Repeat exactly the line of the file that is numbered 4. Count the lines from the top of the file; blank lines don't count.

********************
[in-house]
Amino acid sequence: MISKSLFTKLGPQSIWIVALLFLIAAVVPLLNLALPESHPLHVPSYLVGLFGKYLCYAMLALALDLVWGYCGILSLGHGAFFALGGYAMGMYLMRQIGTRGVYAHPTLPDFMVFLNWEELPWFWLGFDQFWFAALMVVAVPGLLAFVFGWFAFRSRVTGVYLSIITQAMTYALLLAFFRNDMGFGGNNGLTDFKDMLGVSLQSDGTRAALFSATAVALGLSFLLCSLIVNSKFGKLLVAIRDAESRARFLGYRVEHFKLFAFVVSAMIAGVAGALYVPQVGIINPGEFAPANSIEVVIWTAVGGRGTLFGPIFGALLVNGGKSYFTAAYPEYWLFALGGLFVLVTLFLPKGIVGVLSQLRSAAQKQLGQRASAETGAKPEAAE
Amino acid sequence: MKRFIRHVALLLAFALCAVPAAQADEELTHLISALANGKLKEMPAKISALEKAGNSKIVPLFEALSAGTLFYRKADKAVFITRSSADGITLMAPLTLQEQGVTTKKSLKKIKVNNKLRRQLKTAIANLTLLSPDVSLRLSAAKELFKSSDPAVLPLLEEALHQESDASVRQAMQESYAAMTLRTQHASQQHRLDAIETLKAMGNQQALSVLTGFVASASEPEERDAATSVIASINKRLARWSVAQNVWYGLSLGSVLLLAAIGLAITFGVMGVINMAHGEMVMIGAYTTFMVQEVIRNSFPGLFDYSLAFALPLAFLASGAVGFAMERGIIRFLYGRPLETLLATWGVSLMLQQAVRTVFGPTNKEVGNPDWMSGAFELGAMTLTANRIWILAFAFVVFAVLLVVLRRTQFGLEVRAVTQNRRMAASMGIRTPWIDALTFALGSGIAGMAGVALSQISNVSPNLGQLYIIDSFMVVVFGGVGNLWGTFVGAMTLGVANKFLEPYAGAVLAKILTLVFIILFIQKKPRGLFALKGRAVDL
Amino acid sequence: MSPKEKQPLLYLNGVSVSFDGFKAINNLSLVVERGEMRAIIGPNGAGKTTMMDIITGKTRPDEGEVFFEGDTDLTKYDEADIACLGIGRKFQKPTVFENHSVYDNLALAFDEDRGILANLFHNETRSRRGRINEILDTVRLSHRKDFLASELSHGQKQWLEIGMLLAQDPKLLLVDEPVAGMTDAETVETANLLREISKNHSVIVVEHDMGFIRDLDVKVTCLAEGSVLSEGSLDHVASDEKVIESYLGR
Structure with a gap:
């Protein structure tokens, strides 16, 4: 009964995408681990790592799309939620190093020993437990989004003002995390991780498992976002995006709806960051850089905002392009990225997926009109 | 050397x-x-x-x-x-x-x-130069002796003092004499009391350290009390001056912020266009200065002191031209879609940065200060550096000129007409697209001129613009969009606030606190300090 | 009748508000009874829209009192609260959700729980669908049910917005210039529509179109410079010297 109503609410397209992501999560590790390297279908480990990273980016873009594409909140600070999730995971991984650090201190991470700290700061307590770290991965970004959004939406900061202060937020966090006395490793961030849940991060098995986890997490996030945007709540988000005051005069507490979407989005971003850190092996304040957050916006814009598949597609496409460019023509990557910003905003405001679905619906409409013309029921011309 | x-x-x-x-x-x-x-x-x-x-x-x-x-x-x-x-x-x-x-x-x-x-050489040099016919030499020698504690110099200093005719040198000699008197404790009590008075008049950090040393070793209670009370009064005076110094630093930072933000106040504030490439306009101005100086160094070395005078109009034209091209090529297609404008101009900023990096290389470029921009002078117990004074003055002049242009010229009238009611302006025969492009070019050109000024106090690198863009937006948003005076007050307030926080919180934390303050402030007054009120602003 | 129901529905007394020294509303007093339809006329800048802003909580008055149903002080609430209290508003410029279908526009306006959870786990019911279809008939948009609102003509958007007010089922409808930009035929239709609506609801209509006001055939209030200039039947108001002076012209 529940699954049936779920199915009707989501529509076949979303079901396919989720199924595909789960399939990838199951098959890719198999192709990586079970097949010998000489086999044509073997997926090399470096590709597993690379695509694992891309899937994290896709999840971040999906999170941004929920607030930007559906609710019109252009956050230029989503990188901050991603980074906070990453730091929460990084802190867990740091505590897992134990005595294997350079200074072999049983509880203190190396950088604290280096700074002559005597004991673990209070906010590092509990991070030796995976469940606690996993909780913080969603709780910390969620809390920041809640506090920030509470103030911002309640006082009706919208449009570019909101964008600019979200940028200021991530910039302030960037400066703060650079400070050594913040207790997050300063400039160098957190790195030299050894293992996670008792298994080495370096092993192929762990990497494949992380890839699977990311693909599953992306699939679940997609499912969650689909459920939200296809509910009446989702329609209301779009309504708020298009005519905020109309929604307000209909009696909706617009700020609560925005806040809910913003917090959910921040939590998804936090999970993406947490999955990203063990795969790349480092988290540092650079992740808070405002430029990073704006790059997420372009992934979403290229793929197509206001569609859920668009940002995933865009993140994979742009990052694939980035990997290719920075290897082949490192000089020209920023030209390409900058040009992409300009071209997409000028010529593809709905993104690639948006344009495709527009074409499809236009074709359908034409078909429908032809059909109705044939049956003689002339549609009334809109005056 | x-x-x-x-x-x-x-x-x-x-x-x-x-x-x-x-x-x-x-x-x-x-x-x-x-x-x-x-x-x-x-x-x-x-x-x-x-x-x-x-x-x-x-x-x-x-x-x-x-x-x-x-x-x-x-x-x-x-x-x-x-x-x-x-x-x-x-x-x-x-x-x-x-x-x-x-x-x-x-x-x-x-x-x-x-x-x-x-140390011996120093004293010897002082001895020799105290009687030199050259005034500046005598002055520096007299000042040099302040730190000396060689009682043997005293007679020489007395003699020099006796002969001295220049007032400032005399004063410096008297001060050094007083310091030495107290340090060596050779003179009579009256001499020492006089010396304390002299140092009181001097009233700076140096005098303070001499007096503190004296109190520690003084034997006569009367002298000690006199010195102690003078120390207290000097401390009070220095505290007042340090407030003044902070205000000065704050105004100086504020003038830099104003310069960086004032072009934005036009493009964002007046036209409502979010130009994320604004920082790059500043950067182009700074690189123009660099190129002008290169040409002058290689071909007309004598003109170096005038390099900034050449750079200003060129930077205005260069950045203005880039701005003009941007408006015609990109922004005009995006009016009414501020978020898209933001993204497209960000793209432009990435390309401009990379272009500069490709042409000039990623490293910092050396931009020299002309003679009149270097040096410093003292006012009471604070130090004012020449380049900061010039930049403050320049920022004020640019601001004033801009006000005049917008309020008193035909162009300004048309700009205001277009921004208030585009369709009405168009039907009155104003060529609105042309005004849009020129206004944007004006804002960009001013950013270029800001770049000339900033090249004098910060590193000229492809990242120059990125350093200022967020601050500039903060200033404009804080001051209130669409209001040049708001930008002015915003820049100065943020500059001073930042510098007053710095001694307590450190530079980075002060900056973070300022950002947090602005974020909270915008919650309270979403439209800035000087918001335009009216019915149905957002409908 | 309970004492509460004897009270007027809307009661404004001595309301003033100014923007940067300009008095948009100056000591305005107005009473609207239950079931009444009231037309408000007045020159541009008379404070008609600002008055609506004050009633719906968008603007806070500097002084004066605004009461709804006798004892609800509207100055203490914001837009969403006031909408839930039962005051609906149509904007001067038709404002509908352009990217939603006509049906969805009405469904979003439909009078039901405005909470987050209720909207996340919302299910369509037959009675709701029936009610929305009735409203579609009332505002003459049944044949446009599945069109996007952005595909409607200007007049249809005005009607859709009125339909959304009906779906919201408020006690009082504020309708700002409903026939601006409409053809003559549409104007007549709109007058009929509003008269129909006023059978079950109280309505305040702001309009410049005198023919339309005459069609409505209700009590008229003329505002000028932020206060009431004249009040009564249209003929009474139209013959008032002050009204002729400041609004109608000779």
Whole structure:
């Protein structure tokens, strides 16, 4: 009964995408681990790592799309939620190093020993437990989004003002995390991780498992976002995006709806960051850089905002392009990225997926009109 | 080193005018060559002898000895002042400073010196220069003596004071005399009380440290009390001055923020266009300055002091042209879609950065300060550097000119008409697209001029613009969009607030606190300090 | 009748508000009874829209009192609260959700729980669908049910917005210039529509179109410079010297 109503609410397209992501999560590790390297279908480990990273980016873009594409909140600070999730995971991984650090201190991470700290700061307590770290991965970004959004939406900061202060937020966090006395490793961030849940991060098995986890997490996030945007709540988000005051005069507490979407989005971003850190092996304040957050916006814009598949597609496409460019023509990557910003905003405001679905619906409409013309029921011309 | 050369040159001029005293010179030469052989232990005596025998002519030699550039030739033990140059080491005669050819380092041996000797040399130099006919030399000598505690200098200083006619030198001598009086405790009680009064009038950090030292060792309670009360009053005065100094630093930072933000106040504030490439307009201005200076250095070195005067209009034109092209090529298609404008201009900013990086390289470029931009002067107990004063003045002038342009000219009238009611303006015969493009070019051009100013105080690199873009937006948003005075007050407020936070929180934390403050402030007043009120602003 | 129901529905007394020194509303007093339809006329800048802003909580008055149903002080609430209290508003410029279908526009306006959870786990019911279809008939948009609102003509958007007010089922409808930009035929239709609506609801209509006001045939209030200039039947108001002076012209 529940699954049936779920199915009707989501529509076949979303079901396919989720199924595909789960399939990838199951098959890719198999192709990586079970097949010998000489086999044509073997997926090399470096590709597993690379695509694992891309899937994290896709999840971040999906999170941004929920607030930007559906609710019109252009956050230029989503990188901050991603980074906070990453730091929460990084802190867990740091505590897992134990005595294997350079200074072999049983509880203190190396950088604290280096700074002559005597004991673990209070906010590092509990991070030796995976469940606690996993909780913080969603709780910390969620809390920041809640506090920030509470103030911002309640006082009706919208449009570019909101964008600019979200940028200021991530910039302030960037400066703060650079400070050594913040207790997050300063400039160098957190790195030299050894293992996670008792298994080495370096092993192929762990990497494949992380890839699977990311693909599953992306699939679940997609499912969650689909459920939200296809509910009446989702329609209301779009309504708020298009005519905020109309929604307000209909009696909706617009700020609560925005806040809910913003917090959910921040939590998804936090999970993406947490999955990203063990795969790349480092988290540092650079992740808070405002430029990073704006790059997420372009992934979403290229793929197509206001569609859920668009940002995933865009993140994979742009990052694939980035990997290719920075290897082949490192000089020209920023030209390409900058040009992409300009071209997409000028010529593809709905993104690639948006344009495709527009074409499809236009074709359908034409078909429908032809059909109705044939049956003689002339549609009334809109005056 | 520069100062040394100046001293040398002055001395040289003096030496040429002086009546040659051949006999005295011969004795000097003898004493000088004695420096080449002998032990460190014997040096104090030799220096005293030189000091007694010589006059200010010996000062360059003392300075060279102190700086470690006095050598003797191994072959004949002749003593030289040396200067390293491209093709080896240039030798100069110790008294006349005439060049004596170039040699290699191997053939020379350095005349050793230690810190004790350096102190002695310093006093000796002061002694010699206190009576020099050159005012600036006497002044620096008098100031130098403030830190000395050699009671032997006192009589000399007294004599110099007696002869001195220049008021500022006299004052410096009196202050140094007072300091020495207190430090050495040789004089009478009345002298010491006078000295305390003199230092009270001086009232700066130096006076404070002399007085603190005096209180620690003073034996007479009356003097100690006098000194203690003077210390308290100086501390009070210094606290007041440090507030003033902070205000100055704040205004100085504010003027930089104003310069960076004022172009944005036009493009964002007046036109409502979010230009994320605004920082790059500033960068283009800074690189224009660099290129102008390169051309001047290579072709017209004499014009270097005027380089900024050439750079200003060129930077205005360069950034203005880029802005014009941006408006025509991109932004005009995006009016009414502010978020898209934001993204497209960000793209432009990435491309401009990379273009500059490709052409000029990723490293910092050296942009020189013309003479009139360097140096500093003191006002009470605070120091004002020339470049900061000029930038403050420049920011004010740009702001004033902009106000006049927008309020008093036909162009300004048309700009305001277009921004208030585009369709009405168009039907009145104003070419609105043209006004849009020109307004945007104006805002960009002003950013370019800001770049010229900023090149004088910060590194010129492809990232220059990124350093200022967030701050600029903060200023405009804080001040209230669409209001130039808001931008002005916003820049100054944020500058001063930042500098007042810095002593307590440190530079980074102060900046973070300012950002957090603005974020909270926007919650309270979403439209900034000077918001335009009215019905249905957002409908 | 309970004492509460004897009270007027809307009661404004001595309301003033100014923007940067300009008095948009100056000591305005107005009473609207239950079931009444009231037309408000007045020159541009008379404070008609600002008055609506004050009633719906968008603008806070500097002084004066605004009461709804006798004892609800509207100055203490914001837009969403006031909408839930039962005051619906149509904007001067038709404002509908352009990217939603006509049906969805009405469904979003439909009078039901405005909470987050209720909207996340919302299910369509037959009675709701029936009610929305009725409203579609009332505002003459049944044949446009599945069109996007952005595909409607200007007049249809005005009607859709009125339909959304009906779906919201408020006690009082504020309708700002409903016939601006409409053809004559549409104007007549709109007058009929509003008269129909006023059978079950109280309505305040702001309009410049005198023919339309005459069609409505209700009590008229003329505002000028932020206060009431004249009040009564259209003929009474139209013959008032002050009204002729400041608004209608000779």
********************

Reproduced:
Amino acid sequence: MSPKEKQPLLYLNGVSVSFDGFKAINNLSLVVERGEMRAIIGPNGAGKTTMMDIITGKTRPDEGEVFFEGDTDLTKYDEADIACLGIGRKFQKPTVFENHSVYDNLALAFDEDRGILANLFHNETRSRRGRINEILDTVRLSHRKDFLASELSHGQKQWLEIGMLLAQDPKLLLVDEPVAGMTDAETVETANLLREISKNHSVIVVEHDMGFIRDLDVKVTCLAEGSVLSEGSLDHVASDEKVIESYLGR